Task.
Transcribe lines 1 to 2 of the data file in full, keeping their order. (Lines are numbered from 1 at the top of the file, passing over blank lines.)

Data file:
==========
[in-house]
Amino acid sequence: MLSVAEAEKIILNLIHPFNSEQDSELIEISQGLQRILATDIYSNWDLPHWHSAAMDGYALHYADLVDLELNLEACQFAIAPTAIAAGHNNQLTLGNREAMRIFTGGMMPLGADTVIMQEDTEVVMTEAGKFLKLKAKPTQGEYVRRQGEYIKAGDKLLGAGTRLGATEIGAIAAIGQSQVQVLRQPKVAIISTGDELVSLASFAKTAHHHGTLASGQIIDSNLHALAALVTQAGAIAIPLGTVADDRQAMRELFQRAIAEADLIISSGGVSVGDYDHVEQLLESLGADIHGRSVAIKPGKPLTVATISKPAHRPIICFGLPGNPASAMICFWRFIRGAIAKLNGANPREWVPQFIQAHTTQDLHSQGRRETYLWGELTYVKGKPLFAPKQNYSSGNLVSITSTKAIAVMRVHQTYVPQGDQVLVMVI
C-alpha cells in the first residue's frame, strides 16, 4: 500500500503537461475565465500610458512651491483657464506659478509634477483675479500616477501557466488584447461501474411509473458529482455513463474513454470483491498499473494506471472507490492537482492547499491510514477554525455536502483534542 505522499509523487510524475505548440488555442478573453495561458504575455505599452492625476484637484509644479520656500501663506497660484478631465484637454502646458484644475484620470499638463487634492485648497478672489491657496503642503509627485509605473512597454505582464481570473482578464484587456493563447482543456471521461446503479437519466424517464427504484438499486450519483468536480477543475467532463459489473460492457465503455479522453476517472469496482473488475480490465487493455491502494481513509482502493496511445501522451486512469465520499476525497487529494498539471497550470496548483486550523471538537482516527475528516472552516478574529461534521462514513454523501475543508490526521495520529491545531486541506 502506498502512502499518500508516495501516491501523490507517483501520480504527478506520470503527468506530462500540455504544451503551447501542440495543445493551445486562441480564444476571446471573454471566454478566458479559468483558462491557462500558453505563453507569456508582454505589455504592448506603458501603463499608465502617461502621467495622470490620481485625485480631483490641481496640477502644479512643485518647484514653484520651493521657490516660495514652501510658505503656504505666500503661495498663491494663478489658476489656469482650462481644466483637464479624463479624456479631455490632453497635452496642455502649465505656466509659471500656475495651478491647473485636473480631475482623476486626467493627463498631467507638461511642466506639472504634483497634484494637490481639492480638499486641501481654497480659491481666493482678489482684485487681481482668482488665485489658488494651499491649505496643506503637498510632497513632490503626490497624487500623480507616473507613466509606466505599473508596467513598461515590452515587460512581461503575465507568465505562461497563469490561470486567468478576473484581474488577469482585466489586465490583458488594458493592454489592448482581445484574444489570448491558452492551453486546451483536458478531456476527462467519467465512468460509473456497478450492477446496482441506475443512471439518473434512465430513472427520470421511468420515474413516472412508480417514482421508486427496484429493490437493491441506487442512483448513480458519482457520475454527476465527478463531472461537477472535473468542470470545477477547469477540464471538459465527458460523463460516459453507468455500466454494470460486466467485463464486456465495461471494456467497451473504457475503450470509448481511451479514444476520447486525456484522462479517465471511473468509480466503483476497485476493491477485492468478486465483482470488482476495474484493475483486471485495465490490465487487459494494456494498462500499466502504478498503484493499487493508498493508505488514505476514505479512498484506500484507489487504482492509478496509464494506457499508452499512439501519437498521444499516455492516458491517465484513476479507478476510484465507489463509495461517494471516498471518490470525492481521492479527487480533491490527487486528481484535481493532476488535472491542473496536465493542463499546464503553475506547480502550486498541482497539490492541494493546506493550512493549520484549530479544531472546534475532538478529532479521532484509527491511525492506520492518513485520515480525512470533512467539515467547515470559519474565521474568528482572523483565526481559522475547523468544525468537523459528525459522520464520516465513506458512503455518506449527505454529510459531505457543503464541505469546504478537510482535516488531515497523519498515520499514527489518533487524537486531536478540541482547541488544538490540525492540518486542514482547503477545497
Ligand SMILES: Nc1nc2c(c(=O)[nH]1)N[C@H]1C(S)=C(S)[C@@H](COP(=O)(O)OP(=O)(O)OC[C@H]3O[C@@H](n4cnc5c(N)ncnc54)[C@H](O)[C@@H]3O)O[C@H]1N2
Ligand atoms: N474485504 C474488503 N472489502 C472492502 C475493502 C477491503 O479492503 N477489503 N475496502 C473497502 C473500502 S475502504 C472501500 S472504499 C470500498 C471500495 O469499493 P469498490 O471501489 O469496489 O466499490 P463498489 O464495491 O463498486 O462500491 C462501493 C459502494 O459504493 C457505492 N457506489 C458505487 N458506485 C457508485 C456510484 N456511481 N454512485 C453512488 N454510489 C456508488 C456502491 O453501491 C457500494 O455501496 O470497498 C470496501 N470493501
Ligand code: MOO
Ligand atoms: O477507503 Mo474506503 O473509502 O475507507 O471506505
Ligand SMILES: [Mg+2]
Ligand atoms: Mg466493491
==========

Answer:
[in-house]
Amino acid sequence: MLSVAEAEKIILNLIHPFNSEQDSELIEISQGLQRILATDIYSNWDLPHWHSAAMDGYALHYADLVDLELNLEACQFAIAPTAIAAGHNNQLTLGNREAMRIFTGGMMPLGADTVIMQEDTEVVMTEAGKFLKLKAKPTQGEYVRRQGEYIKAGDKLLGAGTRLGATEIGAIAAIGQSQVQVLRQPKVAIISTGDELVSLASFAKTAHHHGTLASGQIIDSNLHALAALVTQAGAIAIPLGTVADDRQAMRELFQRAIAEADLIISSGGVSVGDYDHVEQLLESLGADIHGRSVAIKPGKPLTVATISKPAHRPIICFGLPGNPASAMICFWRFIRGAIAKLNGANPREWVPQFIQAHTTQDLHSQGRRETYLWGELTYVKGKPLFAPKQNYSSGNLVSITSTKAIAVMRVHQTYVPQGDQVLVMVI